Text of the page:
Throughout his talk at the EmTech MIT conference today, Boston Dynamics chief executive Marc Raibert carefully avoided mentioning the robotic-elephant in the room — Google, which just so happens to own his company.
Most likely the stealth tactic is coming from Google—the tech giant’s name is nowhere to be found on the site of Waltham-based Boston Dynamics, either. But it could also be a sign of Google’s willingness to allow the groundbreaking, 22-year-old company to keep doing its thing, with relative independence.
Boston Dynamics, if you don’t recognize the name, is the maker of robots you’re probably familiar with thanks to YouTube. The MIT spinout has developed a number of human- and animal-like bots—including BigDog—that can walk, climb, and keep their balance when kicked. (The now-classic BigDog video is here, while a popular spoof video is here.)
Google acquired Boston Dynamics in December, in what was seen by many as an odd move, since the firm mostly makes robots for the military.
But during a Q&A at EmTech, Raibert said, “We’re coming down the curve” toward the point where commercial applications might be possible.
Raibert pointed to a medical crisis such as the Ebola outbreak, where “people are interacting who are going to get contaminated.” Boston Dynamics’ human-like Atlas robot, for instance, could some day be used in such situations, Raibert said. “It seems like a great application for a machine that can go in an unstructured place” to help sick people, he said.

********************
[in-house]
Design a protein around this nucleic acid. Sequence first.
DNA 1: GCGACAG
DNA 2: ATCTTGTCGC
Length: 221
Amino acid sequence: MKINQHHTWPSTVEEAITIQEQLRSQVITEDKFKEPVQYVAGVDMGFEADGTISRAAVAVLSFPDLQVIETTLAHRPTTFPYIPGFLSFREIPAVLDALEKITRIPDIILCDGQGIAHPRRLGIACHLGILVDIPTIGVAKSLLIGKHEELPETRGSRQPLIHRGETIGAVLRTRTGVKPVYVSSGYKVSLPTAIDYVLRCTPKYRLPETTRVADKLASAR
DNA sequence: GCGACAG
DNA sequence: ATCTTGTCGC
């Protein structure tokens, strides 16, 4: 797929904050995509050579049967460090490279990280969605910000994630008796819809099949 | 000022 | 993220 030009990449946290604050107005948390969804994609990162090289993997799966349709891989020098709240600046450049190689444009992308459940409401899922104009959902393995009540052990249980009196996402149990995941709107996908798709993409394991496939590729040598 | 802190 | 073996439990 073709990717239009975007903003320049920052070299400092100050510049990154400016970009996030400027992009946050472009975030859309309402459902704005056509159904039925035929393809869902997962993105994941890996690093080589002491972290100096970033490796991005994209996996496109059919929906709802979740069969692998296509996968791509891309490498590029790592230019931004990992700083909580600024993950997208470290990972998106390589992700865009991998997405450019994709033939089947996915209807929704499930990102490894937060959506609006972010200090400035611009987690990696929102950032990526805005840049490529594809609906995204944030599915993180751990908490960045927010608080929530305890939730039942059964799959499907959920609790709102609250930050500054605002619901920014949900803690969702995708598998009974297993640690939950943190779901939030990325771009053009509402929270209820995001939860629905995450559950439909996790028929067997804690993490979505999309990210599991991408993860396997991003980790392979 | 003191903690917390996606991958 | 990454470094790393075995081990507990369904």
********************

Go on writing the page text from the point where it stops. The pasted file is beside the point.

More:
Raibert said Boston Dynamics “still [has] a ways to go” before the cost, reliability, and performance of its robots are good enough for commercial products, “but it’s happening.”
As for Google: a questioner in the EmTech audience asked Raibert how things have changed for Boston Dynamics since the acquisition.
Raibert’s answer: there’s more money and support for Boston Dynamics than ever.
“We worked largely as a DARPA-funded organization for about 20 years before acquired by Google,” Raibert said. “One of the exciting things about working for them is that DARPA had a lot of money and a lot of vision [but] I think Google has more money and more ambition and vision. And I think it’s going to be a great time working there.”
Kyle Alspach has worked in journalism in Massachusetts since 2005 and was one of the original staff writers at BetaBoston.
Follow Kyle on Twitter